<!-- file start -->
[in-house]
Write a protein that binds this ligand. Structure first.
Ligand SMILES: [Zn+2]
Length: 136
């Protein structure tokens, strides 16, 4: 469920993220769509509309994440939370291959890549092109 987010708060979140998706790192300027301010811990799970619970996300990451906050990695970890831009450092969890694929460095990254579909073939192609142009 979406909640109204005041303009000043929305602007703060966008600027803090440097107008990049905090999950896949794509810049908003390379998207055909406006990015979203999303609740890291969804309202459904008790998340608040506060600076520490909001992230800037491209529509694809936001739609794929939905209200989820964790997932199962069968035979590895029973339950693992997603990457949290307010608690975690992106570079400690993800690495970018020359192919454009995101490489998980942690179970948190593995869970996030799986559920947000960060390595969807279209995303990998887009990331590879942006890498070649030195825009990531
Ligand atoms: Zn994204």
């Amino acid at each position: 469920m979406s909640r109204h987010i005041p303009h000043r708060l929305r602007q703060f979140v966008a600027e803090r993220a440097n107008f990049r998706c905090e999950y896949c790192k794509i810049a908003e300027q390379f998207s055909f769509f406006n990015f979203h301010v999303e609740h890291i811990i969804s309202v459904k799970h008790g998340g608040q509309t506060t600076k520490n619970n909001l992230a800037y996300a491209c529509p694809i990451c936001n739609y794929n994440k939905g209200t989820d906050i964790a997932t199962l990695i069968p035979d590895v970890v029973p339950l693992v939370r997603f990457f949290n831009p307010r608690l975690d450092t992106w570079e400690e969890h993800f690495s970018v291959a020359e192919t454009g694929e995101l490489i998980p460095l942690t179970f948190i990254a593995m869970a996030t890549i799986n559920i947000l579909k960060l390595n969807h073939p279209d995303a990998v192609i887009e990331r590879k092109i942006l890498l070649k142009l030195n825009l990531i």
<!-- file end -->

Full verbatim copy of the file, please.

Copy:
[in-house]
Write a protein that binds this ligand. Structure first.
Ligand SMILES: [Zn+2]
Length: 136
């Protein structure tokens, strides 16, 4: 469920993220769509509309994440939370291959890549092109 987010708060979140998706790192300027301010811990799970619970996300990451906050990695970890831009450092969890694929460095990254579909073939192609142009 979406909640109204005041303009000043929305602007703060966008600027803090440097107008990049905090999950896949794509810049908003390379998207055909406006990015979203999303609740890291969804309202459904008790998340608040506060600076520490909001992230800037491209529509694809936001739609794929939905209200989820964790997932199962069968035979590895029973339950693992997603990457949290307010608690975690992106570079400690993800690495970018020359192919454009995101490489998980942690179970948190593995869970996030799986559920947000960060390595969807279209995303990998887009990331590879942006890498070649030195825009990531
Ligand atoms: Zn994204």
């Amino acid at each position: 469920m979406s909640r109204h987010i005041p303009h000043r708060l929305r602007q703060f979140v966008a600027e803090r993220a440097n107008f990049r998706c905090e999950y896949c790192k794509i810049a908003e300027q390379f998207s055909f769509f406006n990015f979203h301010v999303e609740h890291i811990i969804s309202v459904k799970h008790g998340g608040q509309t506060t600076k520490n619970n909001l992230a800037y996300a491209c529509p694809i990451c936001n739609y794929n994440k939905g209200t989820d906050i964790a997932t199962l990695i069968p035979d590895v970890v029973p339950l693992v939370r997603f990457f949290n831009p307010r608690l975690d450092t992106w570079e400690e969890h993800f690495s970018v291959a020359e192919t454009g694929e995101l490489i998980p460095l942690t179970f948190i990254a593995m869970a996030t890549i799986n559920i947000l579909k960060l390595n969807h073939p279209d995303a990998v192609i887009e990331r590879k092109i942006l890498l070649k142009l030195n825009l990531i």